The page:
Tejada swats doubts, homers in his O's arrival

Saying `team is not loser,' shortstop packs a wallop in and out of batting cage

Ripken fan brings streak of own

February 25, 2004|By Joe Christensen | Joe Christensen,SUN STAFF

FORT LAUDERDALE, Fla. - Miguel Tejada arrived at Orioles camp yesterday, donned his orange and black uniform for the first time and made a bold proclamation: "This team is not a losing team anymore."

With Tejada, it seems, few things are done without passion.

Not even reporting to spring training.

Coming off six consecutive losing seasons, the Orioles will hold their first full-squad workout today, and Tejada wanted to get a jump on the proceedings after signing a six-year, $72 million contract in December.

Asked what attracted him to the Orioles after spending his first 10 professional seasons in the Oakland Athletics' organization, Tejada said, "There's a lot of history here. There's a lot of young players.

"And, by the way," he added, "I like the colors, too. [The uniform] makes me look better."

After politely answering a half-hour's worth of questions from the media, Tejada swatted a few home runs from the batting cage at Fort Lauderdale Stadium, and then walked up and down the chain-link fence behind home plate, signing autographs for a good 15 minutes.

"The only problem we may have with Miguel is trying to keep him back a little bit," said Orioles manager Lee Mazzilli. "That's the beauty of this kid. That's why you've gotta love him because he wants to play every day, every inning, all the time."

Tejada has played in 594 consecutive games, the longest active streak in the major leagues.

If he can keep the streak going over the length of his new contract, he will reach 1,566 games played. By that time he'll be 34, and he'll still have a long way to go to eclipse Cal Ripken's all-time record of 2,632 consecutive games played.

"I don't think anybody's going to break that record," Tejada said. "I know I've played all those games, but I'm not trying to break Cal Ripken's record."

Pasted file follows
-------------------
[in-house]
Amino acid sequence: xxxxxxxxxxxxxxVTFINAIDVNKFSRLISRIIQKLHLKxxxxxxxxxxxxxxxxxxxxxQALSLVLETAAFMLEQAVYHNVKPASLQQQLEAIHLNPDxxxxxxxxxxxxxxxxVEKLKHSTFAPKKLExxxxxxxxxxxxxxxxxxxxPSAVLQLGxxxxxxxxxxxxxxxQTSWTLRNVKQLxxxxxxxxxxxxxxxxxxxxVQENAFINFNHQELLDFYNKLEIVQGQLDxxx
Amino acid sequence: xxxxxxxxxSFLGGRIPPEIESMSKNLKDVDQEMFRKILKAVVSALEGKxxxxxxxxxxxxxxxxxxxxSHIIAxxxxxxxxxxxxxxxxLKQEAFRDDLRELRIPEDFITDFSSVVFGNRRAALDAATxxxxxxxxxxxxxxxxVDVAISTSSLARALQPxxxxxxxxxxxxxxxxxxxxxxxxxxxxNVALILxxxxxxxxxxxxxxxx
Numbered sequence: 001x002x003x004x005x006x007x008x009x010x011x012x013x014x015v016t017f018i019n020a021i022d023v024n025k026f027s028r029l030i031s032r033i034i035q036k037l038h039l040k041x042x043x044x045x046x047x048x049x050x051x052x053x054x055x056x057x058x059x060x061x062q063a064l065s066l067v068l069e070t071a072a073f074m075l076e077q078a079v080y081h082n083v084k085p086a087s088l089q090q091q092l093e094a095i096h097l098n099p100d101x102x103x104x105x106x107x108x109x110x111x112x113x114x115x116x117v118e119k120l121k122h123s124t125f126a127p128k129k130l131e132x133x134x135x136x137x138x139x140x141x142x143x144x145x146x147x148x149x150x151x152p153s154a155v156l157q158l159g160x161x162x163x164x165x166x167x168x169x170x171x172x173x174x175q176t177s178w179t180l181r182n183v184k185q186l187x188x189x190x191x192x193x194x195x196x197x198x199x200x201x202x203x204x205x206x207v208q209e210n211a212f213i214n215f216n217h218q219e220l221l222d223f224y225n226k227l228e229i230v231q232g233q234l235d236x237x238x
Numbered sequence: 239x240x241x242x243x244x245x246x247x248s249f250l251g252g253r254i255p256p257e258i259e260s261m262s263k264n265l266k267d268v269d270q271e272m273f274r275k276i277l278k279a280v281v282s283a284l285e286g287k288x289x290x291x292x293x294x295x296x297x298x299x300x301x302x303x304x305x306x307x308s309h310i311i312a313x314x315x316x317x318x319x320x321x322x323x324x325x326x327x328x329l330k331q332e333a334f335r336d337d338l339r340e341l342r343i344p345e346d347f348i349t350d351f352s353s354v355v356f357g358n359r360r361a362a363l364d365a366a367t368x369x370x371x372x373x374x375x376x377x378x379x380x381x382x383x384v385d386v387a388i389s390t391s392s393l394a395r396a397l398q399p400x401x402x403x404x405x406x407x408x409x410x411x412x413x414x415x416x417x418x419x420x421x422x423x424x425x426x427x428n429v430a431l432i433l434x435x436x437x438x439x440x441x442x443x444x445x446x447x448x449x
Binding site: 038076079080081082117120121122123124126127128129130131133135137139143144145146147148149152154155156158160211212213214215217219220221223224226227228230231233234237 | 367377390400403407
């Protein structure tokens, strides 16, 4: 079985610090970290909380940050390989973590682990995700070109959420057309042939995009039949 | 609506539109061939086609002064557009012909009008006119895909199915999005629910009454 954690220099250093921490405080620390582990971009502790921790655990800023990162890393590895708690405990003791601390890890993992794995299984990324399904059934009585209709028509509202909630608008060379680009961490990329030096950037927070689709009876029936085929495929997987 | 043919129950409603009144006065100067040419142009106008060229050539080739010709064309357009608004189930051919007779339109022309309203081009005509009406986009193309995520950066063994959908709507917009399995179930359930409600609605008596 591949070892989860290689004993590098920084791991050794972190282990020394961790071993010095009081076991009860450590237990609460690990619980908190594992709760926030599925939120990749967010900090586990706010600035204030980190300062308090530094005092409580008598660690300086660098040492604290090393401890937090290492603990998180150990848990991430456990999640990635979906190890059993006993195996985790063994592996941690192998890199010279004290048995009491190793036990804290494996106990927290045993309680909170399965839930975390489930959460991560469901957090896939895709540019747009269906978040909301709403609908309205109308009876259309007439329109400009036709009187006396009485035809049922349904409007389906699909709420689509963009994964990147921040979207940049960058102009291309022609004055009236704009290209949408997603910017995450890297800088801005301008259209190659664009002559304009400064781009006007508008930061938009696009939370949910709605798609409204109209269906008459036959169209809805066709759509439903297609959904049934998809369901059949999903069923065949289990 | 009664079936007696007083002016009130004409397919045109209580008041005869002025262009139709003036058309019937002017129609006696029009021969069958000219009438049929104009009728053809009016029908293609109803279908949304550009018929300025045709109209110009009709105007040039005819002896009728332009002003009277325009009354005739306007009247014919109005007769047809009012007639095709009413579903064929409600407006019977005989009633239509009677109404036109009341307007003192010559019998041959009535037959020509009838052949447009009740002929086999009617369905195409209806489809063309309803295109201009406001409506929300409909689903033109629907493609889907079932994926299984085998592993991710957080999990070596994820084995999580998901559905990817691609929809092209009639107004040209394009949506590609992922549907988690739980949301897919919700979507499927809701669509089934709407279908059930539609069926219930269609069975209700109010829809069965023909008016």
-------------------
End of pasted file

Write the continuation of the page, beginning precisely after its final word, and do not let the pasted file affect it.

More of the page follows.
But the thought of playing Ripken's old position for Ripken's old team? "For me," Tejada said, "this is like a dream come true."

As a former player himself, Mazzilli said he can't help but respect what Tejada has accomplished, playing in every Oakland regular-season game since May 31, 2000.

That being said, Mazzilli has a $72 million investment to help protect now, and it doesn't sound like he will hesitate to sit Tejada if he feels it has to be done.

"I would never jeopardize anybody's future for a streak," Mazzilli said.

As the past two years have shown, the streak doesn't seem to be affecting Tejada's late-season production. He hit .325 with 19 home runs and 72 RBIs after the All-Star break in 2002, carrying the A's into the postseason and claiming American League MVP honors.

Last year, after overcoming a rough April that saw him bat .161, Tejada hit .305 over the final 130 games and finished with 27 home runs and 106 RBIs.

Hoping to prevent another slow start from Tejada, Mazzilli hopes to make his new shortstop feel comfortable from the beginning.

"You come over to a new club, the thing you want to do is make sure you're not trying to do too much too early," Mazzilli said. "It's not like we don't know what he can do or what he's capable of. We all know that."

Tejada realizes the magnifying glass will be on him, but he also likes the fact the Orioles signed two other top free-agent sluggers in Rafael Palmeiro and Javy Lopez.

"I hope people understand that I'm not going to be the only one to go on the field," he said. "It's going to be nine guys."

When asked about giving hitting advice to the other young hitters in the Orioles' lineup, Tejada humbly deferred. "I think Palmeiro is the guy everybody is going to follow," Tejada said, "because I think he's going to be the big guy on the team."

And still, Tejada had a message for his new team yesterday, much like the message Mazzilli will try to instill today when he addresses his full squad for the first time.

Tejada went to the playoffs the past four years with Oakland, just as Mazzilli did as first base coach for the New York Yankees, and they say the time to start thinking about winning comes today.

For Tejada, it doesn't matter that he's coming to the American League East, a division that could be the toughest in baseball this season with the New York Yankees and Boston Red Sox engaged in an all-out war and the Orioles, Toronto and Tampa Bay trying to catch them.

"By the way," Tejada said, "I've been in that situation before [in Oakland], when Seattle and Texas had those good teams. We worked hard, we had a young team, we were a losing team my first two years in Oakland, and after that we turned it around.

"I hope here, it's the same thing."

Key Orioles dates

Today: First full-squad workout

March 4: Exhibition opener, vs. Marlins in Fort Lauderdale, Fla.

April 3: Exhibition finale, vs. Reds in Chattanooga, Tenn.

April 4: Opening Day, vs. Red Sox at Camden Yards, 8:05 p.m.

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